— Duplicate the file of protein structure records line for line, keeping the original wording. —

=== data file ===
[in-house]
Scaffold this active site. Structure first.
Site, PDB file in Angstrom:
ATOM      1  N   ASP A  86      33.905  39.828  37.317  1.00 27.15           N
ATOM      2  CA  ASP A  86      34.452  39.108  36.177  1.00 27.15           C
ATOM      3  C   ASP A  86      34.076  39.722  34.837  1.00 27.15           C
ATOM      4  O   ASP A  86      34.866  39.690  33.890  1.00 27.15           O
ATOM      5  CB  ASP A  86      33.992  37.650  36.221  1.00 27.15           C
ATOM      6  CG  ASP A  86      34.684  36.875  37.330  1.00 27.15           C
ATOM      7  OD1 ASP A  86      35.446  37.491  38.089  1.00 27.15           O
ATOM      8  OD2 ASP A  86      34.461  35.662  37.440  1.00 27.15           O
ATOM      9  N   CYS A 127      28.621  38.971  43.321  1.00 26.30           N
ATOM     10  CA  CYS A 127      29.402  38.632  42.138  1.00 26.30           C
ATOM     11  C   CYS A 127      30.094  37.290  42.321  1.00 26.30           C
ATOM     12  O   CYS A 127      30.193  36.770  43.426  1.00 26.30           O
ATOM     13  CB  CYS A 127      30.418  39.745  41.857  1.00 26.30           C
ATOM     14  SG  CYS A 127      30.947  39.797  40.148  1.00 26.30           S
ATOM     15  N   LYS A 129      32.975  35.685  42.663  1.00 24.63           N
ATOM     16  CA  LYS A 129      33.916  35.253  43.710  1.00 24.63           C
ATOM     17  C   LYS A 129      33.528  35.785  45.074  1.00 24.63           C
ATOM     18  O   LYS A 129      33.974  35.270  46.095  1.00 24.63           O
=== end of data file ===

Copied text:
[in-house]
Scaffold this active site. Structure first.
Site, PDB file in Angstrom:
ATOM      1  N   ASP A  86      33.905  39.828  37.317  1.00 27.15           N
ATOM      2  CA  ASP A  86      34.452  39.108  36.177  1.00 27.15           C
ATOM      3  C   ASP A  86      34.076  39.722  34.837  1.00 27.15           C
ATOM      4  O   ASP A  86      34.866  39.690  33.890  1.00 27.15           O
ATOM      5  CB  ASP A  86      33.992  37.650  36.221  1.00 27.15           C
ATOM      6  CG  ASP A  86      34.684  36.875  37.330  1.00 27.15           C
ATOM      7  OD1 ASP A  86      35.446  37.491  38.089  1.00 27.15           O
ATOM      8  OD2 ASP A  86      34.461  35.662  37.440  1.00 27.15           O
ATOM      9  N   CYS A 127      28.621  38.971  43.321  1.00 26.30           N
ATOM     10  CA  CYS A 127      29.402  38.632  42.138  1.00 26.30           C
ATOM     11  C   CYS A 127      30.094  37.290  42.321  1.00 26.30           C
ATOM     12  O   CYS A 127      30.193  36.770  43.426  1.00 26.30           O
ATOM     13  CB  CYS A 127      30.418  39.745  41.857  1.00 26.30           C
ATOM     14  SG  CYS A 127      30.947  39.797  40.148  1.00 26.30           S
ATOM     15  N   LYS A 129      32.975  35.685  42.663  1.00 24.63           N
ATOM     16  CA  LYS A 129      33.916  35.253  43.710  1.00 24.63           C
ATOM     17  C   LYS A 129      33.528  35.785  45.074  1.00 24.63           C
ATOM     18  O   LYS A 129      33.974  35.270  46.095  1.00 24.63           O